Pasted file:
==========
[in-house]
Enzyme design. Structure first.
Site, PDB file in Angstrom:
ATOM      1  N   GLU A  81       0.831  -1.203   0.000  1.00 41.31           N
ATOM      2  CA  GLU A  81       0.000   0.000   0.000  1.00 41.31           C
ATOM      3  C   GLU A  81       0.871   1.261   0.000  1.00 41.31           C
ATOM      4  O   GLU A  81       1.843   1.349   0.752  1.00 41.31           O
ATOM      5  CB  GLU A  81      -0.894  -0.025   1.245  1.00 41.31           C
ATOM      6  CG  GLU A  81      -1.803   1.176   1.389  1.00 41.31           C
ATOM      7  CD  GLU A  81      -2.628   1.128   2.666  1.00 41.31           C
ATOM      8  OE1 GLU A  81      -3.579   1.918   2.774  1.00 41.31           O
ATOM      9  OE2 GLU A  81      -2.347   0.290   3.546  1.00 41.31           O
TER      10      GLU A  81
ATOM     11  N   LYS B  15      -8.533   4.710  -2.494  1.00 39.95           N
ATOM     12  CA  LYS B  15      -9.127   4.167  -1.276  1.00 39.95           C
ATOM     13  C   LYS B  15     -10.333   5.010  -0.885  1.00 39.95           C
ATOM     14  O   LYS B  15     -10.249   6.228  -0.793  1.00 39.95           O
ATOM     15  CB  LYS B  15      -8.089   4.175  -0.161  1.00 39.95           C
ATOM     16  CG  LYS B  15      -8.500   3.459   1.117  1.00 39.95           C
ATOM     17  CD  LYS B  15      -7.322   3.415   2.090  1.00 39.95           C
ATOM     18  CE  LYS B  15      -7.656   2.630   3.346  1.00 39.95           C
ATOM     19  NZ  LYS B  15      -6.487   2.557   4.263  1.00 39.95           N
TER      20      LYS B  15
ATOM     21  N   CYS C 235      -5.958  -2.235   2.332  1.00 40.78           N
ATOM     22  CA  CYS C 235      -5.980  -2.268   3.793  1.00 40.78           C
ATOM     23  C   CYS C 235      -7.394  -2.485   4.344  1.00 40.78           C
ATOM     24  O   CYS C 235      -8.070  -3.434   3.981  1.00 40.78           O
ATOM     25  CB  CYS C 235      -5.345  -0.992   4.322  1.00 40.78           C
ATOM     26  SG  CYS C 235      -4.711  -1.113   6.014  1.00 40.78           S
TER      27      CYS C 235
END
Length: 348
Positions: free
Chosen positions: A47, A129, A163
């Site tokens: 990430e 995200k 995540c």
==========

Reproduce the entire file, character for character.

[in-house]
Enzyme design. Structure first.
Site, PDB file in Angstrom:
ATOM      1  N   GLU A  81       0.831  -1.203   0.000  1.00 41.31           N
ATOM      2  CA  GLU A  81       0.000   0.000   0.000  1.00 41.31           C
ATOM      3  C   GLU A  81       0.871   1.261   0.000  1.00 41.31           C
ATOM      4  O   GLU A  81       1.843   1.349   0.752  1.00 41.31           O
ATOM      5  CB  GLU A  81      -0.894  -0.025   1.245  1.00 41.31           C
ATOM      6  CG  GLU A  81      -1.803   1.176   1.389  1.00 41.31           C
ATOM      7  CD  GLU A  81      -2.628   1.128   2.666  1.00 41.31           C
ATOM      8  OE1 GLU A  81      -3.579   1.918   2.774  1.00 41.31           O
ATOM      9  OE2 GLU A  81      -2.347   0.290   3.546  1.00 41.31           O
TER      10      GLU A  81
ATOM     11  N   LYS B  15      -8.533   4.710  -2.494  1.00 39.95           N
ATOM     12  CA  LYS B  15      -9.127   4.167  -1.276  1.00 39.95           C
ATOM     13  C   LYS B  15     -10.333   5.010  -0.885  1.00 39.95           C
ATOM     14  O   LYS B  15     -10.249   6.228  -0.793  1.00 39.95           O
ATOM     15  CB  LYS B  15      -8.089   4.175  -0.161  1.00 39.95           C
ATOM     16  CG  LYS B  15      -8.500   3.459   1.117  1.00 39.95           C
ATOM     17  CD  LYS B  15      -7.322   3.415   2.090  1.00 39.95           C
ATOM     18  CE  LYS B  15      -7.656   2.630   3.346  1.00 39.95           C
ATOM     19  NZ  LYS B  15      -6.487   2.557   4.263  1.00 39.95           N
TER      20      LYS B  15
ATOM     21  N   CYS C 235      -5.958  -2.235   2.332  1.00 40.78           N
ATOM     22  CA  CYS C 235      -5.980  -2.268   3.793  1.00 40.78           C
ATOM     23  C   CYS C 235      -7.394  -2.485   4.344  1.00 40.78           C
ATOM     24  O   CYS C 235      -8.070  -3.434   3.981  1.00 40.78           O
ATOM     25  CB  CYS C 235      -5.345  -0.992   4.322  1.00 40.78           C
ATOM     26  SG  CYS C 235      -4.711  -1.113   6.014  1.00 40.78           S
TER      27      CYS C 235
END
Length: 348
Positions: free
Chosen positions: A47, A129, A163
């Site tokens: 990430e 995200k 995540c």